“We have lost faith in the systems that are supposed to keep us safe,” mother Binta Patel told reporters
A speeding teen driver who ran down two children in their Vaughan driveway after losing control of his Mercedes has been sentenced to one year of open custody, six-months community supervision and a six-year driving ban.
The driver, identified only as CZ under the Youth Criminal Justice Act, pleaded guilty in December to two counts of dangerous driving causing death and one of dangerous driving causing bodily harm in the May 16, 2021 incident that killed Anaya Chaudhari, 10, and her little brother Jax, 4, and seriously injured neighbor John Chiarelli.
The children’s mother said they knew in advance that they would not experience any sense of justice from the court’s decision, whatever it was.
“Not only because the Youth Criminal Justice Act protects the limit and length of punishment that is possible but also because we have lost faith in the systems that are supposed to keep us safe,” Binta Patel told reporters after the ruling in Newmarket court.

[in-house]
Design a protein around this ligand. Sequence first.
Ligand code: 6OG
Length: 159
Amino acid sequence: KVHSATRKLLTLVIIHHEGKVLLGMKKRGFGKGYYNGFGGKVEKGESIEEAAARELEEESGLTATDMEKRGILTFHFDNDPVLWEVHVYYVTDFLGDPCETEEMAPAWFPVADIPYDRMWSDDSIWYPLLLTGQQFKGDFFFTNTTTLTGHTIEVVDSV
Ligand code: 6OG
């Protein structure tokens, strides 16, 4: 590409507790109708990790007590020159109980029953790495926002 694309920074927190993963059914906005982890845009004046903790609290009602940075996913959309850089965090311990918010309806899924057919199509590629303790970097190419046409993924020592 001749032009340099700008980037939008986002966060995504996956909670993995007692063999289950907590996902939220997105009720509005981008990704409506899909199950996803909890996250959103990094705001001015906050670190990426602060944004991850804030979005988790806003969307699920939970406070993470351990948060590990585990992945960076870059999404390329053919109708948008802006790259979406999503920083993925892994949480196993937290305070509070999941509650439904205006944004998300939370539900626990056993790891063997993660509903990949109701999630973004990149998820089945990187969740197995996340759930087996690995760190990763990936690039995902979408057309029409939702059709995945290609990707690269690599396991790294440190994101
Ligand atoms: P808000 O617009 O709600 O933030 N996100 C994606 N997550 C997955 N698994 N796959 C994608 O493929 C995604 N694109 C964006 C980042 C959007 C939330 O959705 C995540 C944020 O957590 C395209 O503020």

“We don’t know if any punishment would have been enough. We all know that this doesn’t change anything for our family. ”
CZ had received his beginner’s permit only a few months before the tragedy. He also had a previous charge for driving without a license that had been withdrawn after he wrote a letter acknowledging the dangers of driving: “If you take someone’s life in a traffic accident you can’t solve that problem, it happened and now you will have to live with that for the rest of your life. ”
Justice David Rose praised the young driver’s academic accomplishments and found “his remorse is both genuine and deep.”
Rose described Anaya as a young girl brimming with life. “At 10-years-old she already had dreams of going to Harvard.”
Jax was energetic and fearless, he said, pushing boundaries as a young boy might.
“What is inescapable is that CZ is a focused, insightful, and otherwise successful 17-year-old. He has accomplished much in his short time, and has set himself on a path for continued success as an adult, ”the judge said.
“I can’t help but to think that if Jax and Anaya were not killed that day they would have had similar lives when each of them turned 17. It is a bitter irony.”